J is for Jump. Don’t be afraid to jump into the Twitter universe. The easiest way to get started it to dive right in and learn as you go.

K is for Keep On. Don’t expect instant results. Like anything worth doing, growing a Twitter platform takes time (and don’t forget consistency). Don’t get discouraged and give up.

L is for Less is More. Even though Twitter updates can be up to 140 characters long, stop at least 20 characters early. This leaves room for retweets and comments.

M is for Myself. It’s critical that we’re honest and genuine on social media. We don’t have to over-share but we do need to be authentic.

N is for Nice. Nice a word that is—in my opinion—underrated. I have never in my life regretted being nice, even when the other person didn’t treat me the same way.

O is for having an Open Door Policy. Make yourself accessible and visible on Twitter. Don’t protect your tweets, require followers to be approved and refuse to engage in conversations.

P is for Promotion. Promote others ahead of yourself and you’ll find your Twitter popularity exploding. Promote yourself ahead of others and you’ll always struggle to grow your platform.

Q is for Questions. Asking questions in your Tweets is a great way to get the conversation started. Don’t neglect these types of Twitter updates when you’re planning your social media interactions.

R is for Reciprocate. Twitter etiquette leans heavily on reciprocal relationships. If someone follows me, it’s proper etiquette for me to follow them back. The only reason I don’t is if the appear to be spammers or share updates that I consider inappropriate. Just because they seem to share updates that are far from my topic isn’t reason enough to not follow them back. I’ve found a lot of good connections because I took a chance and followed someone back who appeared—at first—to not share similar interests.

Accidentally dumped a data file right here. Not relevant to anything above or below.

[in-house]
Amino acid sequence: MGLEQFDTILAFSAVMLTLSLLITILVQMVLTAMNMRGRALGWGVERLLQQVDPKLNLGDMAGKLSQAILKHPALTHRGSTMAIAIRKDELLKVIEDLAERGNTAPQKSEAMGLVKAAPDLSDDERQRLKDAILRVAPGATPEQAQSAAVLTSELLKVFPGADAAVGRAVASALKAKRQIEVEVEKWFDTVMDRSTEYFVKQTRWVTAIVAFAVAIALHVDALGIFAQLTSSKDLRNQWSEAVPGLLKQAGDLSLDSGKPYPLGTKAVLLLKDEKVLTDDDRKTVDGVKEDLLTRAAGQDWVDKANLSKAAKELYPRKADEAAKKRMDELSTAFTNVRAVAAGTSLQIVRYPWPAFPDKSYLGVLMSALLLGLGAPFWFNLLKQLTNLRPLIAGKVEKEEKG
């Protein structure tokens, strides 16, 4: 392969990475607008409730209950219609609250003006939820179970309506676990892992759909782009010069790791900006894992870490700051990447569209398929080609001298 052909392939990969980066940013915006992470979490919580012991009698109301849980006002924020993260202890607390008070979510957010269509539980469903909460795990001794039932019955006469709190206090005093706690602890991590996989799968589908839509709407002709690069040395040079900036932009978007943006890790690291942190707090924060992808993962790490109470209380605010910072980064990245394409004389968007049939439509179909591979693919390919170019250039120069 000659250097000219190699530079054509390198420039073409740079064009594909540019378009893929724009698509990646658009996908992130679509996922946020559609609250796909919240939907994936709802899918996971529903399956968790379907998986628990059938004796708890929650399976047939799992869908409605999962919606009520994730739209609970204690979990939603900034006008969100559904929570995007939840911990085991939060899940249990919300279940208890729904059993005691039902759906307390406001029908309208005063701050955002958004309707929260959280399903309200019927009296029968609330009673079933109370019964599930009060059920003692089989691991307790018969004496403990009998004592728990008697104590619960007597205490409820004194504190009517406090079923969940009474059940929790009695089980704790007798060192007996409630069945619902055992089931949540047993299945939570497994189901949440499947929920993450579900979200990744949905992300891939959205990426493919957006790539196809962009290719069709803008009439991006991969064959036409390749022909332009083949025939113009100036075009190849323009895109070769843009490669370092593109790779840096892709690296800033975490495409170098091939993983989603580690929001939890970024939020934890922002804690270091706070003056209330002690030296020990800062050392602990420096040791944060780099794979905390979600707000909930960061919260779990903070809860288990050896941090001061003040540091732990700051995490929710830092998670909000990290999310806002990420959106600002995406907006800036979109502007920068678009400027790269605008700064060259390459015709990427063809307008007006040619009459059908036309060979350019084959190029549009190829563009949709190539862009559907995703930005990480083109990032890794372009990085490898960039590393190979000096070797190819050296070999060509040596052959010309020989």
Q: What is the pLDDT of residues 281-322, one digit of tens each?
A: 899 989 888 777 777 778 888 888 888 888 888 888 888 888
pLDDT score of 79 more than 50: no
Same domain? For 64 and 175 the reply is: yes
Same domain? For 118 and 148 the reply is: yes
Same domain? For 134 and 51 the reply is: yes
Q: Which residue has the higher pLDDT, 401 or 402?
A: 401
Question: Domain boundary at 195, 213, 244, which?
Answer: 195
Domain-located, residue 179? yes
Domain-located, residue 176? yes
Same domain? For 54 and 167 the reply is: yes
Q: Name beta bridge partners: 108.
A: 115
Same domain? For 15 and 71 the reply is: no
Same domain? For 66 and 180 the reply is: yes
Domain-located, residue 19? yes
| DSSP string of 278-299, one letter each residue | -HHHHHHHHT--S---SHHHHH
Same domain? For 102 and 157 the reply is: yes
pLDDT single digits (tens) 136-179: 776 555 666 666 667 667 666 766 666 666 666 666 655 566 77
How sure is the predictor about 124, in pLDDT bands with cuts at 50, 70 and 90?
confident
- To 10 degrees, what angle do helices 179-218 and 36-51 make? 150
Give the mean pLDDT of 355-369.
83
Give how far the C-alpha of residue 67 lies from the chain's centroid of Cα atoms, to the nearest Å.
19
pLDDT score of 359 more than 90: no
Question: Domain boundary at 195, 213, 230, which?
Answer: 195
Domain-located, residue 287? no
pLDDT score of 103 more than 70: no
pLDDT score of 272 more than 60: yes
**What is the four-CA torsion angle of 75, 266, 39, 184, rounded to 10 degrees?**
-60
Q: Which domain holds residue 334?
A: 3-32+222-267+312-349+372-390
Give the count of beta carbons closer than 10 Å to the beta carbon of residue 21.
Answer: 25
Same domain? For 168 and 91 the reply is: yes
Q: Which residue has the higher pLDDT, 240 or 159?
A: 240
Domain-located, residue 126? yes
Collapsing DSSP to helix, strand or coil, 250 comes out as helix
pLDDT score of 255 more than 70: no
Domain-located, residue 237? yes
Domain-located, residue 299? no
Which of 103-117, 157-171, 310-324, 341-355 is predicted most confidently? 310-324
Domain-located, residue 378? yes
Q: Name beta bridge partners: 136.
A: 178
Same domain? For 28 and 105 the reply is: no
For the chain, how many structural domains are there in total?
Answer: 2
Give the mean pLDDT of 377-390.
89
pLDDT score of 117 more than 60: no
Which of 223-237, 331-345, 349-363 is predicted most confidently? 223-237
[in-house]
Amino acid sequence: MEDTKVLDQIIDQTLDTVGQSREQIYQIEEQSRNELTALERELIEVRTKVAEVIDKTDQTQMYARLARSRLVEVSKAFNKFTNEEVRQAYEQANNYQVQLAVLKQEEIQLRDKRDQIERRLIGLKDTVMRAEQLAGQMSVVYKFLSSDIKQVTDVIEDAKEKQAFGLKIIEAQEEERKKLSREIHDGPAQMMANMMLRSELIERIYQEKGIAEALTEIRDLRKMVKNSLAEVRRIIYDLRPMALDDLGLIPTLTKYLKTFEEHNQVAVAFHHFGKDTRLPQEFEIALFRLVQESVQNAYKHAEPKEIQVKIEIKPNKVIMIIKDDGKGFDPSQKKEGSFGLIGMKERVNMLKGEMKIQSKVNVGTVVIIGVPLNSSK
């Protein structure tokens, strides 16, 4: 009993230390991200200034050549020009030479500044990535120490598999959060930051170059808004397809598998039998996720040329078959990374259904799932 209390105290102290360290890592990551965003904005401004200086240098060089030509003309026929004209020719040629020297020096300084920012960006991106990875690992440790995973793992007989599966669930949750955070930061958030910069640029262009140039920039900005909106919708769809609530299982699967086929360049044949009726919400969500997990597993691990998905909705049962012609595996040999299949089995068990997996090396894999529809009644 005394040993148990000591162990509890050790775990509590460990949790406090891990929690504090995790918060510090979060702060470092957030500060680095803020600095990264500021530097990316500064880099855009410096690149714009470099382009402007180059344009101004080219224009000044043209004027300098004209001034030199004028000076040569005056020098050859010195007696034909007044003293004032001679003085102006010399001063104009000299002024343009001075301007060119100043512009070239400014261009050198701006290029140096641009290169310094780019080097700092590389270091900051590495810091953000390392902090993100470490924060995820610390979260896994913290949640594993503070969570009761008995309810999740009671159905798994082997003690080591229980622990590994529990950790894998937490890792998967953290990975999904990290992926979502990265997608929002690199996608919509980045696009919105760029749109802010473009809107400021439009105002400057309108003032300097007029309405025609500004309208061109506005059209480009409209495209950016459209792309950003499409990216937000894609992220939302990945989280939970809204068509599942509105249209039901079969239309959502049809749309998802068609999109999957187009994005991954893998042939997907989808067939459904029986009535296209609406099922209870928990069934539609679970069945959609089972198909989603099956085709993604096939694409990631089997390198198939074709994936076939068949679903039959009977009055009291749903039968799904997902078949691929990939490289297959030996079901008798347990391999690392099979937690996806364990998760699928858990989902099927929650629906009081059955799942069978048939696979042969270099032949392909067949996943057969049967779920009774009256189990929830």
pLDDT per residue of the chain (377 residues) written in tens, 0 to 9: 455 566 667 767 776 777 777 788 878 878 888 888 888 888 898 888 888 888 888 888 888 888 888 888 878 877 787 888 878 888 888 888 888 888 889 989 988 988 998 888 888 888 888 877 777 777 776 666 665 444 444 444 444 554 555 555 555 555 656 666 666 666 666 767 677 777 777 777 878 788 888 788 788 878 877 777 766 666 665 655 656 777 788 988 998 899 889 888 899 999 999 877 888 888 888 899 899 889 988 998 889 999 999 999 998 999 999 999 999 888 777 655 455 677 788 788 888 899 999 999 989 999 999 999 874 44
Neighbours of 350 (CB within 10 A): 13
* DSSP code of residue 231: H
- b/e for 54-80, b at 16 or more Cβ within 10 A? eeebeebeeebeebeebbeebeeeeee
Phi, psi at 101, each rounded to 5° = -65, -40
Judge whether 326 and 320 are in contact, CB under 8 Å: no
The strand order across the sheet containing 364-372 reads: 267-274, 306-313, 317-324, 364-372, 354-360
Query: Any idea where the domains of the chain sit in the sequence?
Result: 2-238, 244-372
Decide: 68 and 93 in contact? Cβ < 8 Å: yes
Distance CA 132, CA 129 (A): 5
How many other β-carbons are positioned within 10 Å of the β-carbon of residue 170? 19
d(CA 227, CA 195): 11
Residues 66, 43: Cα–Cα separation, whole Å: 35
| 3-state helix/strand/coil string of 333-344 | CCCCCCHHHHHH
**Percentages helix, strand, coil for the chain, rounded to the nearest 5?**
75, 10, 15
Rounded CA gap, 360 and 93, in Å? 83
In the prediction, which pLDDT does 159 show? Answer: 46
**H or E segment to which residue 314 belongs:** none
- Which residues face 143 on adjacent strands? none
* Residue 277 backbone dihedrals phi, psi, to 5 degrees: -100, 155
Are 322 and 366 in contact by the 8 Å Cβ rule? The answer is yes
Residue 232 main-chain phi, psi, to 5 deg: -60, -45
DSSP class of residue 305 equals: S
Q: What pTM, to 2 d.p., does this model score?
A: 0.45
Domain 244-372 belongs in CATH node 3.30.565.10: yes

S is for Schedule. Make sure you schedule your daily Tweets. Don’t send them all out at once, but spread them out throughout the day so you reach more of your audience.

T is for Time. Watch the clock when you’re on social media. There’s a law of diminishing returns that comes into play after about thirty minutes on any social media network—Twitter included. Spend no more than thirty minutes a day and you’ll get the most return on your time investment.

U is for Update. Learn which type of Twitter update to send for each situation.

  • A Tweet is for something you want to share on Twitter.
  • A Retweet is when you repeat what someone else said. It’s not the best etiquette to Retweet a post that mentions you. It’s better to Favorite the Tweet or Reply and say thank you.
  • A Reply is when you answer or comment on a Tweet. It’s proper etiquette to Reply and say thank you when someone mentions you on Twitter.
  • A Direct Message is private message sent to someone through Twitter.

V is for Vacation. Don’t try to work Twitter (or any social media) seven days a week. Instead, give yourself regular breaks. Your tweets will stay fresh and you aren’t as likely to suffer from burnout and overload.

W is for Wisdom. Be wise online. Don’t share your vacation plans in advance or while you’re gone. Don’t make yourself a target by sharing your location when you’re out. And most of all, make certain any photos you share don’t have embedded geocodes, especially if they’re pictures of children. There are people out there who are looking for such carelessness and by not being wise you are raising the risk of becoming a victim.

X is for X-ray. Learn the bones of a good Twitter update and you’ll never lack for something to say. I use headline writing techniques to compose my tweets and it’s the perfect way to connect with your audience in short bursts of information.

Y is for Yelling. Writing a Twitter update in all caps is LIKE YELLING. I reserve my use of all caps for the title of a book (since it isn’t possible to italicize in an update).

Z is for Zoo. Yes, at first glance Twitter can seem like a zoo. It can be mistaken for  a series of unrelated updates that make no sense to anyone. But take time to get to know your way around and you’ll find a gold mine of relationships and connections waiting for you.

These are my ABCs of Twitter, what would you add to the alphabet? Be sure to leave your thoughts in the comments section below.